National Palace Museum – Taipei City, Taiwan
When I received the invitation to join AirAsiaGo’s Taipei City Tour, I immediately informed my grandfather about it. He mentioned that I must not miss the opportunity to visit the ‘museum of Chinese treasures’. I have to admit that I didn’t really check the whereabouts of the places we’re scheduled to visit for the whole trip. Let’s just say that I worry less when I know I am not in-charge of the itinerary or anything else.
Taipei City Tour Day 1!! We enjoyed our full breakfast at Yammy Cafe, the in-house food establishment of FX Hotel. At 9am, we saw our tour guide Johnny waiting for us at the lobby area. Let the city tour begin!
While at the bus, Johnny reminded us that Taiwanese people are always on time and that we should stick to our schedule. No wonder Taiwan is considered as one of the Four Asian Tigers. Use your time wisely!
It’s a sunny day and we’re eager to go out and play! The first destination for the day is the National Palace Museum. We were also introduced to Cerbrina, a pretty Taiwanese lady who studied in the USA. She is one of our tour guides for the day together with Johnny and Luna. She shared some important information about the National Palace Museum. At the same time, a travel video is being played inside the bus.
And we’ve arrived! What a nice day to be tourist-y! LOL
Johnny reminded us that we’re not allowed to take pictures inside the art gallery so I left my camera at the bus. I’m glad that the rest brought their cameras with them. At least we were able to use them for take outdoor souvenir pictures.
I love the fact that I am exploring an Asian city on a sunny day, yet not humid. Love it!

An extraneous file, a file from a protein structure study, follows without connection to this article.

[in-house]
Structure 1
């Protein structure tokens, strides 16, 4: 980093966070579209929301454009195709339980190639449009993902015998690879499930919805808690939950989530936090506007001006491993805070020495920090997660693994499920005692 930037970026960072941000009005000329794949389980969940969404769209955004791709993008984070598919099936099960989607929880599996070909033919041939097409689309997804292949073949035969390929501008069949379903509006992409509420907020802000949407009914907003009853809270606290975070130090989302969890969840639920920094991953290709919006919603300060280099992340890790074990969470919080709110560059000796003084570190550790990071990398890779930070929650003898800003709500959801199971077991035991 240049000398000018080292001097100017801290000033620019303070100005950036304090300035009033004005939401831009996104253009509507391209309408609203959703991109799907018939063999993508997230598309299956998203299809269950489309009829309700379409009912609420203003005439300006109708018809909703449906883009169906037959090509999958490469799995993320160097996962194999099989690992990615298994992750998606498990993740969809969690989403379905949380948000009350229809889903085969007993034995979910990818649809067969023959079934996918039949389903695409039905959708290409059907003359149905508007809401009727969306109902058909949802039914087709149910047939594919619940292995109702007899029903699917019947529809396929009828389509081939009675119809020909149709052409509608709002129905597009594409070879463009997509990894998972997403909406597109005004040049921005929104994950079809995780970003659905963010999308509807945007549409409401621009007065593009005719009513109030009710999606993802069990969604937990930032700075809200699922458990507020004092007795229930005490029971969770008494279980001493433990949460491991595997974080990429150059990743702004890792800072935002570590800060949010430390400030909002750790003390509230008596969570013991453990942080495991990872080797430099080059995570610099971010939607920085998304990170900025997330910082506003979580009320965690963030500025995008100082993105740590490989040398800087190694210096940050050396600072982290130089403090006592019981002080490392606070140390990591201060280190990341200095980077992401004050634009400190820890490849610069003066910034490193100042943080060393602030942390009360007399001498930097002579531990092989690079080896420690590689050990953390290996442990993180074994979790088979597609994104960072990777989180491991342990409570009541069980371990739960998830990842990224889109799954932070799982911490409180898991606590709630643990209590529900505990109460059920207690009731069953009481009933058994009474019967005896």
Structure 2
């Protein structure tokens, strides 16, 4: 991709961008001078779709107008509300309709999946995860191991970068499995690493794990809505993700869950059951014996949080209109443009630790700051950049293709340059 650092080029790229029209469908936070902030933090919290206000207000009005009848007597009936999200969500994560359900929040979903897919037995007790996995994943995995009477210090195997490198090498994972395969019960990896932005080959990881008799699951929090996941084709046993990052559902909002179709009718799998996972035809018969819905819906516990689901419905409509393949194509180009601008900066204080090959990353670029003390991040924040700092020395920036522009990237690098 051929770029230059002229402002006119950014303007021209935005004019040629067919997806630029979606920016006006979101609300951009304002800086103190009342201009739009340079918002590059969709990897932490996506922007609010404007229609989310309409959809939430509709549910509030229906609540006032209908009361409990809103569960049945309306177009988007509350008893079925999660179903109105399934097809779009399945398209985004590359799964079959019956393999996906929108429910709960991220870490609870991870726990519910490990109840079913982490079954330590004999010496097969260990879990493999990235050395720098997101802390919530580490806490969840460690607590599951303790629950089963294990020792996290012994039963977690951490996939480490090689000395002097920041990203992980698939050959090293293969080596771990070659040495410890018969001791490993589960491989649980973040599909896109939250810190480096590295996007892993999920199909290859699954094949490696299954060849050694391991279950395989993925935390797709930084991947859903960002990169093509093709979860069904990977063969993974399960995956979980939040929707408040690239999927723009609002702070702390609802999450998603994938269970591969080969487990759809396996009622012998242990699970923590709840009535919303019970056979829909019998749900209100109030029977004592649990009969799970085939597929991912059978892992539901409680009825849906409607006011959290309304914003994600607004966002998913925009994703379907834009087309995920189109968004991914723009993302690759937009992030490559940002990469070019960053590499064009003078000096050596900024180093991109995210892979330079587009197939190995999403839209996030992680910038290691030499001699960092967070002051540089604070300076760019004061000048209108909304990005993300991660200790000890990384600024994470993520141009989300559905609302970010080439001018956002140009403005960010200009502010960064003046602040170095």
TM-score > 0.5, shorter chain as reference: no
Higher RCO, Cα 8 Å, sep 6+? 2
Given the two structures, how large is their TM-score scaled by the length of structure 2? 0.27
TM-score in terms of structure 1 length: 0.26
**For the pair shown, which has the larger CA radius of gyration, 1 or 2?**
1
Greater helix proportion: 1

We were given a go-signal by Johnny to follow him to the art gallery. It’s a Monday morning and visitors from Mainland China from different age brackets were waiting too. Isn’t it ironic that some of the ‘Chinese treasures’ are in Taipei now, and people from Mainland China are lining up for the opportunity to take a sneak peak? It reminds me of some of the original treasures of Egypt that are currently on display at The British Museum (uh oh. Another backlog to work on 0_o).
I’ve heard of Chiang Kai-shek and Mao Ze Dong way back in high school, and it all makes sense now. I’ve also read about the surreal Chinese art creations from the past. No doubt the National Palace Museum of Taipei is one of the most visited museums in the world.
While waiting for our turn, our tour guides pointed the poster of The Carved Olive Boat. What is so special about it? Well, it is a small-carved boat… as small as a walnut, honey. It was engraved by hand sometime in the 17th century. I was amused when I saw the real thing. It is so small, yet the creator of this masterpiece was able to showcase different expressions of the boat passengers! Now I know why there’s a magnifying glass around it. At the bottom part, you’ll see 300 Chinese characters carved.
There’s also The Jadeite Cabbage, or ‘Maharlikang Pechay’ as I want to call it From the Qing Dynasty, it is arguably one of the most popular piece in the museum. It embodies a perfect three-in-one union of intrinsic nature, human creativity, and symbolic significance. When you look closely, you will see a cricket. It is said to symbolize purity and fertility. This piece was a gift to the emperor.
There are more interesting pieces in the museum. Too bad we were only given a few hours to stay in the place. Every section surprised us. My favorite section though is the Ivory and Rhinoceros Horn carvings.
You will also find a number of rare books, calligraphy, paintings and many, many more! I am overwhelmed with so many unbelievable carvings. So many sections to visit, so little time! We need a drink!
We were able to stay a bit at Xianjufu Café to quench our thirst. I ordered Bubble Milk Tea.
I mentioned that I got overwhelmed with the number of treasures on display, right? I forgot to share that not all of the treasures transferred to Taipei are on display when we went there. What we saw is only a portion (uhm, 1-5%?) of the complete collection. Over 3,000 pieces are displayed at the main museum every three months. It will take 100 years (or more) before all the pieces will be shown publicly. The other artifacts are safely kept in a protected vault at the mountain behind the museum. Imagine that!
I am thankful that these artifacts were saved and preserved. These are reminders of how our ancestors were in the past. We’re lucky because we’re currently living in a world where tasks can be accomplished easily.
If you’re in Taipei and you appreciate art and history, you better not miss the National Palace Museum. For more information, you can visit the official website at http://www.npm.gov.tw/en/home.htm